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LETTERS TO EDITOR
A few seasons ago we re-visited The Fantasticks by lyricist Tom Jones & composer Harvey Schmidt to see if it still retained its fresh charm forty years it became as forever a fixture on Sullivan Street as the forever together marriage of Agnes and Michael in I Do, I Do (also by Jones & Schmidt). But time and real estate problems have put a finite date -- January 13, 2002 -- on the show's long tenure in its Off-Broadway home.
To offset the sadness of the departure of the The Fantasticks, the York Theatre Company is presenting the New York premiere of a musical Jones and Schmidt were working on even before that fantastically successful little musical -- a show celebrating the humor and spirit of the old west of the early 1900s. Roadside is an expansion of the long sidelined idea. Like The Fantasticks, it's based on a play, this one by Lynn Riggs who also penned Green Grow the Lilacs which seeded Oklahoma.
Like everything Jones and Schmidt do, Roadside is sweet but not saccarine, hokey but with the portion of corn kept palatable and ideally suited to unfussy production values and a cast without big box office names. The plot, a folk tale right out of the American West, is as predictable as the menu at a church supper: Pap Raider (G.W. Bailey) and his ripe-for-love-and-marriage daughter Hannie (Julie Johnson) are itinerants, taking their tent show through the Oklahoma Territory during the early 1900s. Buzzey (James Hindman) tries to woo Hannie into settling down with him on his farm but Hannie yearns for someone less clownish and more romantic. That someone turns out to be Texas (Jonathan Beck Reed), a swaggering, gun-toting, hard-drinking cowboy, who like her refuses to settle (as smartly summed up in "I Toe the Line"). To round things out Pap's retinue includes two not too bright young cousins, Red Ike (Ryan Appleby) and Black Ike (Steve Barcus). The town is embodied in a threesome consisting of the town marshall (William Ryall) who is out to corral Texas into his jail, his jailer (Tom Flagg), and the town busybody (Jennifer Allen).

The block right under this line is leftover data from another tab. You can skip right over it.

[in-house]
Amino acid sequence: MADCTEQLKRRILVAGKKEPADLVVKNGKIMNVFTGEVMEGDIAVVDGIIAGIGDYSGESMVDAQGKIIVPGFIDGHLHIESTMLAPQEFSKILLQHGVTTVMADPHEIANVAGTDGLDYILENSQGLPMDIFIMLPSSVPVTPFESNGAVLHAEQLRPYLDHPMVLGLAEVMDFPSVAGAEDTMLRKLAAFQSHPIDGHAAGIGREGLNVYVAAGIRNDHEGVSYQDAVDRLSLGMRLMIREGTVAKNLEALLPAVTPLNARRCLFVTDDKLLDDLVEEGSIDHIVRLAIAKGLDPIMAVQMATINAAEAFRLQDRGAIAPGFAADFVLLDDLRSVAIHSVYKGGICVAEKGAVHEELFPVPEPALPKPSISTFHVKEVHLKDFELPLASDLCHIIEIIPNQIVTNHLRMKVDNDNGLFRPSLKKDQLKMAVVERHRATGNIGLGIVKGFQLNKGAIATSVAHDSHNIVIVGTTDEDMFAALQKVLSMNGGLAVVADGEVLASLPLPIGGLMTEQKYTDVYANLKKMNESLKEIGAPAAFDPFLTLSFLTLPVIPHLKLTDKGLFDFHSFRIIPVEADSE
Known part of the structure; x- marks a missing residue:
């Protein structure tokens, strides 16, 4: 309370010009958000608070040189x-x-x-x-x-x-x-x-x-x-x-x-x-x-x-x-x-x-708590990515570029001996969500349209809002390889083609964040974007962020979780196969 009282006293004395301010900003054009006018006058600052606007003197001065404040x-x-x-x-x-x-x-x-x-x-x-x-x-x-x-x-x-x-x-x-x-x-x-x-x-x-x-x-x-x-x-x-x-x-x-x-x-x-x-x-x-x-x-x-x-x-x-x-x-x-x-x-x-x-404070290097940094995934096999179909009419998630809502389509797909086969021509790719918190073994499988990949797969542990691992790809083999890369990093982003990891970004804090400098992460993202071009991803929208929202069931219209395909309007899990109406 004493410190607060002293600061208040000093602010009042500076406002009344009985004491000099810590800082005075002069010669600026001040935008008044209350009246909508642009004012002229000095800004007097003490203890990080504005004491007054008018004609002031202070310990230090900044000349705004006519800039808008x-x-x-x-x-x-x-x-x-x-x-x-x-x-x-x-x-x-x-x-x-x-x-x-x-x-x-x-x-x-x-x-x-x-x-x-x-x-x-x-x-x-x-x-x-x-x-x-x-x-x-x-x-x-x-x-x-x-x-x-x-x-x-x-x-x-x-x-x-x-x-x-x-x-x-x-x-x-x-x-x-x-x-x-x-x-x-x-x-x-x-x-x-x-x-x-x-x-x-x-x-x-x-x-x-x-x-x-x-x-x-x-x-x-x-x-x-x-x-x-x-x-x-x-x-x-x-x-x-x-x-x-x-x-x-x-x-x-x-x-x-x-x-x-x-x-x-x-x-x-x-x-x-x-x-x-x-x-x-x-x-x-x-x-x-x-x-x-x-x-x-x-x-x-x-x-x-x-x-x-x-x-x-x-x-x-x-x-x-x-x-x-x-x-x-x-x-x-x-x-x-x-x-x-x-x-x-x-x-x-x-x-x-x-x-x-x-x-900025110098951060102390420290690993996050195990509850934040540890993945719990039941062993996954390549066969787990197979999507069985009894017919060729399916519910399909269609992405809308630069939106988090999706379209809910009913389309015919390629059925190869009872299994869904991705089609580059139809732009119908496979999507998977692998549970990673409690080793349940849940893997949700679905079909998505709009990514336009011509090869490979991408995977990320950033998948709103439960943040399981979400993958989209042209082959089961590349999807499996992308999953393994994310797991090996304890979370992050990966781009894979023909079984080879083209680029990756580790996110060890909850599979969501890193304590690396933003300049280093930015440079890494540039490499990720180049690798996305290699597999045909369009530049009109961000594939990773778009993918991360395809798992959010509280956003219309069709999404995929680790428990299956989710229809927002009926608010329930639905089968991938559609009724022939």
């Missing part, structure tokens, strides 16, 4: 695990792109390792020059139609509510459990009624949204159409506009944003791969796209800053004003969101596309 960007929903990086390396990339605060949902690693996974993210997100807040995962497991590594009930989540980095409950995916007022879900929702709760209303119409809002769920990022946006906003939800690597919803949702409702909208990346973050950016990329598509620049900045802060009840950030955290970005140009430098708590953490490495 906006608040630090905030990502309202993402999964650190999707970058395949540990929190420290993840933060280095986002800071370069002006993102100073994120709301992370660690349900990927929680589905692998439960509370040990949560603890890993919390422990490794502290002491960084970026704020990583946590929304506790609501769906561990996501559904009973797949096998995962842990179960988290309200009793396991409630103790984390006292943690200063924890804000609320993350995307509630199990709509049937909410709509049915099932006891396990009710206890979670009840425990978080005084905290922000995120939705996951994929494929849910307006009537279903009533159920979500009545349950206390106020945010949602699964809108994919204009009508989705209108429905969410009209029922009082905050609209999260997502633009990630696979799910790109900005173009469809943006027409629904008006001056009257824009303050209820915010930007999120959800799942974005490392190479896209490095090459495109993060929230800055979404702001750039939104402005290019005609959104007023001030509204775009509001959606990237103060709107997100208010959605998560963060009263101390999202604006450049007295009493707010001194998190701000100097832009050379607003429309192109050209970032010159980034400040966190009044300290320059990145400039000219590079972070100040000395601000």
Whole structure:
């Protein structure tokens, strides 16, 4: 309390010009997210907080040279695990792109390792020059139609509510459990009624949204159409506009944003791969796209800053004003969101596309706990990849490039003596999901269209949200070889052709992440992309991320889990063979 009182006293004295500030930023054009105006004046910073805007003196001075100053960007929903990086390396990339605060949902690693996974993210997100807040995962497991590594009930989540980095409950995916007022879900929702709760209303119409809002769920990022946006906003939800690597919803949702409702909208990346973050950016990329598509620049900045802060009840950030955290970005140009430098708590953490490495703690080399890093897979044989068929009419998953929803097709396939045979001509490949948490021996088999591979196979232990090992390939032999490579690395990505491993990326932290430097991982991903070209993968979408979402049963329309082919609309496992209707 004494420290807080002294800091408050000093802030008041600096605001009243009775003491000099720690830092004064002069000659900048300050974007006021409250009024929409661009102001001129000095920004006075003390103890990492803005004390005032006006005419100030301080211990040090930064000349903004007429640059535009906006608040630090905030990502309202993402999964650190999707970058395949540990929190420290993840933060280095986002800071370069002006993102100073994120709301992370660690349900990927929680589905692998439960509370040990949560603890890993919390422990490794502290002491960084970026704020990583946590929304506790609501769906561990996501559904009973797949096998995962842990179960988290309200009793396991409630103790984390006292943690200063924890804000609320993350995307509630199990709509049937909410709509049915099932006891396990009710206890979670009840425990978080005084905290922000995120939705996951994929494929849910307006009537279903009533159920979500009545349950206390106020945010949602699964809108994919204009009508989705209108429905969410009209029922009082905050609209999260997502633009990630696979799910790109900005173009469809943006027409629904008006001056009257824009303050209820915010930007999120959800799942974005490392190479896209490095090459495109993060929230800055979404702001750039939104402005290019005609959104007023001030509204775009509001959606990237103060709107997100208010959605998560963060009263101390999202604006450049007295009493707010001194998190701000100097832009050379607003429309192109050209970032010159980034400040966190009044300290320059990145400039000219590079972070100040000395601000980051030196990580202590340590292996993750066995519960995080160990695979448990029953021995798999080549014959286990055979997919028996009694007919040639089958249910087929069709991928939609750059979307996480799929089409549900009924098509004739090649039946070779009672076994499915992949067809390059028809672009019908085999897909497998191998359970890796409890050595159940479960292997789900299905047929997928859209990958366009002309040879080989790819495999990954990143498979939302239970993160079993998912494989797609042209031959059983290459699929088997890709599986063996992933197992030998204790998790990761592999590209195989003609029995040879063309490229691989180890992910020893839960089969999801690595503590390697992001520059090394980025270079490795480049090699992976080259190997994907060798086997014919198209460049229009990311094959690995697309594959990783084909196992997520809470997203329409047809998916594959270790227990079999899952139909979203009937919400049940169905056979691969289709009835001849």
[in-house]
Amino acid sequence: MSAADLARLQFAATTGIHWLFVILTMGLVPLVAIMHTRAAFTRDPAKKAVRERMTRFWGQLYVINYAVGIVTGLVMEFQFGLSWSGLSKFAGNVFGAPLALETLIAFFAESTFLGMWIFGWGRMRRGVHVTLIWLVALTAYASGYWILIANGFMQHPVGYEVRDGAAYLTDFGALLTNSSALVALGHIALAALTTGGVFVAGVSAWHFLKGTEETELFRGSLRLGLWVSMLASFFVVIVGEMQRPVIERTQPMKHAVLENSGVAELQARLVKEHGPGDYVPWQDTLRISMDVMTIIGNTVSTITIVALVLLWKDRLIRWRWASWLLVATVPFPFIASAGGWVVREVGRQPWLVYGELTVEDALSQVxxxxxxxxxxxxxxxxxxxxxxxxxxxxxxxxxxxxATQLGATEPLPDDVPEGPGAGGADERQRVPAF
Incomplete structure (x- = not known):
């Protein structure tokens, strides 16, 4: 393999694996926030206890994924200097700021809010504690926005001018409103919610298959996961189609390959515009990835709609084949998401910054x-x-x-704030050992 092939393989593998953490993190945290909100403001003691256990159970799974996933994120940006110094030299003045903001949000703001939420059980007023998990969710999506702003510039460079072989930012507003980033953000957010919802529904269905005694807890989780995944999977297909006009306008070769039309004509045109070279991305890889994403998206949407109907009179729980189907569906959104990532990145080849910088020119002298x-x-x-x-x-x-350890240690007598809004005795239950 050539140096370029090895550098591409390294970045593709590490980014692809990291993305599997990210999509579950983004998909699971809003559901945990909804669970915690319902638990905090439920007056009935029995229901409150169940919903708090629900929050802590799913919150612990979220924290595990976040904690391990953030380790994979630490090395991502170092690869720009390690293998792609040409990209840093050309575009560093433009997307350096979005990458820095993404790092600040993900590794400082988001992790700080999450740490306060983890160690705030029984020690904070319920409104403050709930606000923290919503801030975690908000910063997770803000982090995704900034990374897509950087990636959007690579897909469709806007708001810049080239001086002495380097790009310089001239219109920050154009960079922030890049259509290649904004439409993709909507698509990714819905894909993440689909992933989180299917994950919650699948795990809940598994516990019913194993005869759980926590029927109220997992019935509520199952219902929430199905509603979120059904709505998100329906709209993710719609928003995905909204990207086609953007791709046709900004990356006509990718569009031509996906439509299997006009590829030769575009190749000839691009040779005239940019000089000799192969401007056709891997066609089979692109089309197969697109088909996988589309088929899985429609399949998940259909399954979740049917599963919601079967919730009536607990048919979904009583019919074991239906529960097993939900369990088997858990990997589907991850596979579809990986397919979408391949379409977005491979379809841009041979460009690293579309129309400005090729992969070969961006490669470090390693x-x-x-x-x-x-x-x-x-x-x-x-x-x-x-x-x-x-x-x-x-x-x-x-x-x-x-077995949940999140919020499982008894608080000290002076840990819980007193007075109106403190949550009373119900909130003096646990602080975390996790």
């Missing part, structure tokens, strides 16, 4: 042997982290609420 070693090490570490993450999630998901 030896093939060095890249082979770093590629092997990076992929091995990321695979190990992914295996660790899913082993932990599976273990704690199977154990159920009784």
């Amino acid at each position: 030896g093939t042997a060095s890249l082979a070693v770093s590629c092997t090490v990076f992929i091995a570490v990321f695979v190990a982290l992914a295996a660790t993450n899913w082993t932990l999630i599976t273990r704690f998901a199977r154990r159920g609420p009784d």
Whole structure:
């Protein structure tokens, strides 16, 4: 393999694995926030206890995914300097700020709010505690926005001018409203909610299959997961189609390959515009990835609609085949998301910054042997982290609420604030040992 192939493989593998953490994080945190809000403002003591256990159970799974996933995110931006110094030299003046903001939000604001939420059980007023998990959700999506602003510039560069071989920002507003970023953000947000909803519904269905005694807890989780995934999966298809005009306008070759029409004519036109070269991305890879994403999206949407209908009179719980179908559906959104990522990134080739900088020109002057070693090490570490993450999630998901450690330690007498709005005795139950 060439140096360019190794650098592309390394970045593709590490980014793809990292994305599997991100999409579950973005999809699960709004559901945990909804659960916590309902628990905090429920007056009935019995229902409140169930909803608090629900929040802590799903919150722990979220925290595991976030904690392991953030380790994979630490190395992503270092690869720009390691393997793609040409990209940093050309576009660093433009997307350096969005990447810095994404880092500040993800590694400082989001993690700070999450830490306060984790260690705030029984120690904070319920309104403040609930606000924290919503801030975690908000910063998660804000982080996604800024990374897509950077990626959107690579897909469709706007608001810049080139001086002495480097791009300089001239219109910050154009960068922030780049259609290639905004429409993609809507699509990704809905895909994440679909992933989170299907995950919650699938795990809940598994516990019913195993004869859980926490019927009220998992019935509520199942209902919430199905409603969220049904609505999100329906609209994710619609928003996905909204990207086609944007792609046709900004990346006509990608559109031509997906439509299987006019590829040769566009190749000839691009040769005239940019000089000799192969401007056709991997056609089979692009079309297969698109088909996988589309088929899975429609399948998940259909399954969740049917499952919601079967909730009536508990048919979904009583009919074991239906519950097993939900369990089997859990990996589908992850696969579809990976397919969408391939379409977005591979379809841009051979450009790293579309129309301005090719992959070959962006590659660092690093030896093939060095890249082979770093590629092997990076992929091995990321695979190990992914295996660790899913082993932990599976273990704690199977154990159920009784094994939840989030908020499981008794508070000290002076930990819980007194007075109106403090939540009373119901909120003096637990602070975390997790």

The characters are archetypes encountered in countless B-Movies, but likeable and feisty, with just enough of an undercurrent of sad yearning to tap into our own nostalgia for connections that seem to have eluded us and times that can only be retained in our memories. The songs have a country-flavored Texas twang and catchy lyrics that build character and move the story forward. Some of the most likely to stick in your mind are the title song, "Smellagoody Perfume" (the stuff Hannie puts on to attract her cowboy) and that cowboy's plaintive "Another Drunken Cowboy".
Julie Johnson is the stand-out singer and big beautiful women everywhere should cheer this casting of a heroine who probably looks a lot more like a turn of the century country gal than Bernadette or Reba. Jonathan Beck Reed, is also cast against the grain, a hero with a bit of a paunch and a less than full head of sun-burnished hair. G. W. Bailey is an amusing amalgam of all the crusty old nonconformists ever seen on stage and screen, his voice as scratchy as if he'd swallowed all the dust on the roads his wagon rolled over.
Roadside is very much an ensemble show. Ryan Appleby, a handsome young redhead who originated the role of Red Ike in Texas, is a performer I would hope to see in lots more musicals. He is well paired with his stage cousin, Steve Barcus. James Hindman, who seems to have a painted on smile even when Hannie totally rejects him, comes into his own with a breakout song-and-dance number, "Personality Plus" in the second act in which he reminds one of a young Joel Grey.
James Morgan's set design which includes draping the whole theater in white tent cloth is simple and appropriate. Suzy Benzinger has dressed everyone to period perfection. The lighting by Mary Jo Dondlinger and orchestrations by Joseph Brent and Peter Larson are just fine. While the show as a whole is hobbled by some too broad moments, it has enough going for it to warrant at least several extra weeks at the York Theatre, and a long life on the regional theater circuit.
In keeping with the tent show flavor, there's a popcorn wagon in the lobby (a dollar a bag with a chance for a prize). This was my second encounter with popcorn in a theater in two days. But whereas the popcorn at True Love ( CurtainUp review) is part of a contemporary grunge atmosphere that can hardly be recommended as family entertainment, Roadside is all in the spirit of good clean fun for the whole family.
Be sure to check out the exhibit detailing the long and diverse career of Lynn Riggs in the lobby. You might also want to check out these CurtainUp reviews of other Jones & Schmidt shows:
I Do, I Do
The Show Goes On
6, 500 Comparative Phrases including 800 Shakespearean Metaphors by CurtainUp's editor.
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